My colleagues and I are going to provide a technical overview of the ecosystem of tools. We will introduce techniques that make distributed computing work, hopefully in a way accessible to a wide community.

The oneAPI open-standards based industry initiative and the associated Intel® oneAPI Toolkits and products, help to provide a unified approach to mixed-architecture offload computing. Its approach also ensures interoperability with existing distributed computing standards.


This is however a topic for a future article. Let us step back and start with the fundamental concepts of distributed computing:

Parallelism and Offload

Some kinds of parallel computing work inside a single processor.  Two examples are vectors and multicore.  First, let’s look at vectors.

Vectors and Vectorization

Most machine instructions work on single items of information: a single fixed point or floating point number.  

Early on, though, machine designers realized you could get more performance by applying the same operation to each element of a list of numbers, a vector.  Most recent computer architectures, like Intel® Architecture, ARM*, PowerPC*, and the open-source RISC-V* support vectors.  The operations of vectors are often invisible to the programmer.  Modern compilers can translate code such as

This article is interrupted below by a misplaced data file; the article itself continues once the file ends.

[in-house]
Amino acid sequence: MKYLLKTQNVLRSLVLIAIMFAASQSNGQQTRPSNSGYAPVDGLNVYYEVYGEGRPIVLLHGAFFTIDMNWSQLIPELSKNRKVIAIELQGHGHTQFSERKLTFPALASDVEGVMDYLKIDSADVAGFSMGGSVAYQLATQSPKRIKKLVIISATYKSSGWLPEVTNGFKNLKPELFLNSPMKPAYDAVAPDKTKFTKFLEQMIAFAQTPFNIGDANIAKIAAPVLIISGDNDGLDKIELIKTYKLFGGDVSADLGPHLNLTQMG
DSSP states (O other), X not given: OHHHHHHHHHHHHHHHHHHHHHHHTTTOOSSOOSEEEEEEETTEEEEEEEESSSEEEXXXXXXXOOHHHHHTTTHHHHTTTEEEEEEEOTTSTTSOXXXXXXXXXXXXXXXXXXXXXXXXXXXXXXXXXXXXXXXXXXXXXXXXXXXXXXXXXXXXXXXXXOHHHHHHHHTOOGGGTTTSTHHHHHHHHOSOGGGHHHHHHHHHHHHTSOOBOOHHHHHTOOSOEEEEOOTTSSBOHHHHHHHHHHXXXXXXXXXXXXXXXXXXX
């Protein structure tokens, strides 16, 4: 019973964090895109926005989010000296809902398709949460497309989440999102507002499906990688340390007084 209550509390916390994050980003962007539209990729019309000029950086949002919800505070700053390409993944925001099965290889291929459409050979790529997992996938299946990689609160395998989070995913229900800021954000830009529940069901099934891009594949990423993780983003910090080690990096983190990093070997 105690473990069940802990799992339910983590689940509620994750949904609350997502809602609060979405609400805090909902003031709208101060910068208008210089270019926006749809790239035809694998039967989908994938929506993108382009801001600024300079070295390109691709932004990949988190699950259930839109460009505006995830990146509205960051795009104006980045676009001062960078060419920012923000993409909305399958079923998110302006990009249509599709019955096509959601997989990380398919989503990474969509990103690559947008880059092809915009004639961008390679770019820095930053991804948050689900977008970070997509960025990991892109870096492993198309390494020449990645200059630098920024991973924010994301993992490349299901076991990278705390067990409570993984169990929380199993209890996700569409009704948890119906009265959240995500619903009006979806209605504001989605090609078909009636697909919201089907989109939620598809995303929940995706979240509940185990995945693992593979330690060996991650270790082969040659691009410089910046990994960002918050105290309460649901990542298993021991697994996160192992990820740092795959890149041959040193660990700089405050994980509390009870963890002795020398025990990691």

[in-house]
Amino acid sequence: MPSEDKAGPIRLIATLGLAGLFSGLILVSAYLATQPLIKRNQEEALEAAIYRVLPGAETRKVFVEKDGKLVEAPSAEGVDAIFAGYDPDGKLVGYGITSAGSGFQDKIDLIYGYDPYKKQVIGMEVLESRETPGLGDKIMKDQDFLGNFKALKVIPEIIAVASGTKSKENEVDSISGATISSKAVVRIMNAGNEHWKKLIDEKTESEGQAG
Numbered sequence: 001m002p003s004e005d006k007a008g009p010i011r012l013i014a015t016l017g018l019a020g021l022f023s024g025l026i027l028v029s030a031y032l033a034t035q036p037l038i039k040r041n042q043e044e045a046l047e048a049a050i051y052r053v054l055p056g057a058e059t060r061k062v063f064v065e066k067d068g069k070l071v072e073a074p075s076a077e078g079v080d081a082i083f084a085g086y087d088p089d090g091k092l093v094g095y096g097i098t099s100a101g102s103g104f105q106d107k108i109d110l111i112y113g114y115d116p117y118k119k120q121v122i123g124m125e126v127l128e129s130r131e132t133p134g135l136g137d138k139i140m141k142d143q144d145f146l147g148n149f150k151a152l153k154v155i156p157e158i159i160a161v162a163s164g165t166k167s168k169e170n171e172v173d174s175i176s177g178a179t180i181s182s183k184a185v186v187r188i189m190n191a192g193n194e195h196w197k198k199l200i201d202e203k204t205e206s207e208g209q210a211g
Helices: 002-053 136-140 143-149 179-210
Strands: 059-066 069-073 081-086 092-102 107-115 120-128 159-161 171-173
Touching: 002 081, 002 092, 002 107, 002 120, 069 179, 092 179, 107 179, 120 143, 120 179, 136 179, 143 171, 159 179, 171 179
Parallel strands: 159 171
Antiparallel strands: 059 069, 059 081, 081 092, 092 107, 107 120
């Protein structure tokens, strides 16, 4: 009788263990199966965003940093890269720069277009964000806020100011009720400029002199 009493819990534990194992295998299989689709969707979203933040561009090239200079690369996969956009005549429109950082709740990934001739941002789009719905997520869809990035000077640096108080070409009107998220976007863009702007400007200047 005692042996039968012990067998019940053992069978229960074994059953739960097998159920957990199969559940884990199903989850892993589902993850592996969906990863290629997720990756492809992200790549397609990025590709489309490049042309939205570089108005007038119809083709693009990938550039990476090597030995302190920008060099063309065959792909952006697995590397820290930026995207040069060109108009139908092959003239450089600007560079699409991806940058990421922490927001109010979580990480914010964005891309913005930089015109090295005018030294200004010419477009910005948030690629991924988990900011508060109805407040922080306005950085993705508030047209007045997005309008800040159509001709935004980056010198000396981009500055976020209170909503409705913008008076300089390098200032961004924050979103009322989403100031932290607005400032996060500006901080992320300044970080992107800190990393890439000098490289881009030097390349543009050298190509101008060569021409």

int A[16],B[16],C[16];

for (int i = 0; i < 16; i += 1) C[i] = A[i] + B[i];


into a single machine instruction like


C = _mm512_add_epi32(A, B);


which will do all 16 additions at once.  A current processor like the Intel® Xeon® Scalable Processor series can do two of these 16-way additions per machine cycle in each processing core.


Contemporary processors have multiple cores.  The first computer systems with more than one CPU were developed in the early 1960s but in recent years nearly all smartphone, laptop, desktop, and datacenter processors have multiple processing cores.  The dominant way in which these access data is called “coherent shared memory”.  Using this method, all the cores run out of a common main memory system. 

Shared memory machines turn out to be remarkably hard to program at low levels, and these difficulties are dealt with by increasing levels of abstraction. 


Once on a visit to the University of Cambridge I had the privilege of meeting David Wheeler, who invented the subroutine. He famously said: “There is no problem in computer science, which cannot be solved by one more level of indirection.” I usually misquote this as “any problem in computer science can be solved by adding a layer of abstraction.” (Later David Clark added “any performance problem in computer science can be solved by removing a layer of abstraction.”)1